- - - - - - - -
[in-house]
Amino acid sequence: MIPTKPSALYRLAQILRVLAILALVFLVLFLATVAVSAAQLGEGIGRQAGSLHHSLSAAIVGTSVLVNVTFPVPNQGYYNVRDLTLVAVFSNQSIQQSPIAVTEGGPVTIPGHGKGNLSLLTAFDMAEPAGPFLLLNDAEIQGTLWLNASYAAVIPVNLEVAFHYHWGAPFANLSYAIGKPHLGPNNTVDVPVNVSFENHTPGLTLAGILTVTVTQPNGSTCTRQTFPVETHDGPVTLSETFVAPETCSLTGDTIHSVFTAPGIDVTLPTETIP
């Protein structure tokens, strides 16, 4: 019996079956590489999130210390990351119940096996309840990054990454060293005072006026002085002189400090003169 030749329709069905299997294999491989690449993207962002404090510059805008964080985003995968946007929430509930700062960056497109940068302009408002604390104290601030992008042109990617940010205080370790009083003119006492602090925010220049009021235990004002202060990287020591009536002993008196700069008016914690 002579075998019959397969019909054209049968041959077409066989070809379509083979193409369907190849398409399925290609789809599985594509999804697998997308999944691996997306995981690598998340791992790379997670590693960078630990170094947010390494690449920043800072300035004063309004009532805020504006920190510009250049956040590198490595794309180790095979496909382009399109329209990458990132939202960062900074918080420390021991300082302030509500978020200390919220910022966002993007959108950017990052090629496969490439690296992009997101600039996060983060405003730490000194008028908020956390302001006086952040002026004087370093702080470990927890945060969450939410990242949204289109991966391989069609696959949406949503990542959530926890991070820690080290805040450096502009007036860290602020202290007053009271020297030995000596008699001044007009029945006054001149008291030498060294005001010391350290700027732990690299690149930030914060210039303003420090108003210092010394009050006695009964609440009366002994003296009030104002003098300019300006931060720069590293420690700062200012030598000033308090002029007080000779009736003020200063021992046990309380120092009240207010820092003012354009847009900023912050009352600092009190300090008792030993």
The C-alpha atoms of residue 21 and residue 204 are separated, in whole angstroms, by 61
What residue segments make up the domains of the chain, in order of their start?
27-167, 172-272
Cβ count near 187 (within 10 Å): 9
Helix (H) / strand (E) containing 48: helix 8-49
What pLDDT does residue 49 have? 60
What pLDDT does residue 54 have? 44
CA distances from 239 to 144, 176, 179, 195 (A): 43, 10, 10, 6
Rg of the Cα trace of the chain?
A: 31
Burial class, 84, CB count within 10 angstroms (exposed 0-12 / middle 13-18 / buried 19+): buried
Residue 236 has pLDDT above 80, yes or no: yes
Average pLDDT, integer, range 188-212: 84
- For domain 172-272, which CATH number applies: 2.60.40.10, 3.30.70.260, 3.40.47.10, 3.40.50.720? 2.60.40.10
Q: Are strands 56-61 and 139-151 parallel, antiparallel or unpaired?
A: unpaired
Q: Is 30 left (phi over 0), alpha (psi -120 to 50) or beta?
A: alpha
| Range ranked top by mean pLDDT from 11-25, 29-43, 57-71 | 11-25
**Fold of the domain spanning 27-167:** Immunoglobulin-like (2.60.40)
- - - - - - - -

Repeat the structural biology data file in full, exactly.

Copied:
[in-house]
Amino acid sequence: MIPTKPSALYRLAQILRVLAILALVFLVLFLATVAVSAAQLGEGIGRQAGSLHHSLSAAIVGTSVLVNVTFPVPNQGYYNVRDLTLVAVFSNQSIQQSPIAVTEGGPVTIPGHGKGNLSLLTAFDMAEPAGPFLLLNDAEIQGTLWLNASYAAVIPVNLEVAFHYHWGAPFANLSYAIGKPHLGPNNTVDVPVNVSFENHTPGLTLAGILTVTVTQPNGSTCTRQTFPVETHDGPVTLSETFVAPETCSLTGDTIHSVFTAPGIDVTLPTETIP
């Protein structure tokens, strides 16, 4: 019996079956590489999130210390990351119940096996309840990054990454060293005072006026002085002189400090003169 030749329709069905299997294999491989690449993207962002404090510059805008964080985003995968946007929430509930700062960056497109940068302009408002604390104290601030992008042109990617940010205080370790009083003119006492602090925010220049009021235990004002202060990287020591009536002993008196700069008016914690 002579075998019959397969019909054209049968041959077409066989070809379509083979193409369907190849398409399925290609789809599985594509999804697998997308999944691996997306995981690598998340791992790379997670590693960078630990170094947010390494690449920043800072300035004063309004009532805020504006920190510009250049956040590198490595794309180790095979496909382009399109329209990458990132939202960062900074918080420390021991300082302030509500978020200390919220910022966002993007959108950017990052090629496969490439690296992009997101600039996060983060405003730490000194008028908020956390302001006086952040002026004087370093702080470990927890945060969450939410990242949204289109991966391989069609696959949406949503990542959530926890991070820690080290805040450096502009007036860290602020202290007053009271020297030995000596008699001044007009029945006054001149008291030498060294005001010391350290700027732990690299690149930030914060210039303003420090108003210092010394009050006695009964609440009366002994003296009030104002003098300019300006931060720069590293420690700062200012030598000033308090002029007080000779009736003020200063021992046990309380120092009240207010820092003012354009847009900023912050009352600092009190300090008792030993």
The C-alpha atoms of residue 21 and residue 204 are separated, in whole angstroms, by 61
What residue segments make up the domains of the chain, in order of their start?
27-167, 172-272
Cβ count near 187 (within 10 Å): 9
Helix (H) / strand (E) containing 48: helix 8-49
What pLDDT does residue 49 have? 60
What pLDDT does residue 54 have? 44
CA distances from 239 to 144, 176, 179, 195 (A): 43, 10, 10, 6
Rg of the Cα trace of the chain?
A: 31
Burial class, 84, CB count within 10 angstroms (exposed 0-12 / middle 13-18 / buried 19+): buried
Residue 236 has pLDDT above 80, yes or no: yes
Average pLDDT, integer, range 188-212: 84
- For domain 172-272, which CATH number applies: 2.60.40.10, 3.30.70.260, 3.40.47.10, 3.40.50.720? 2.60.40.10
Q: Are strands 56-61 and 139-151 parallel, antiparallel or unpaired?
A: unpaired
Q: Is 30 left (phi over 0), alpha (psi -120 to 50) or beta?
A: alpha
| Range ranked top by mean pLDDT from 11-25, 29-43, 57-71 | 11-25
**Fold of the domain spanning 27-167:** Immunoglobulin-like (2.60.40)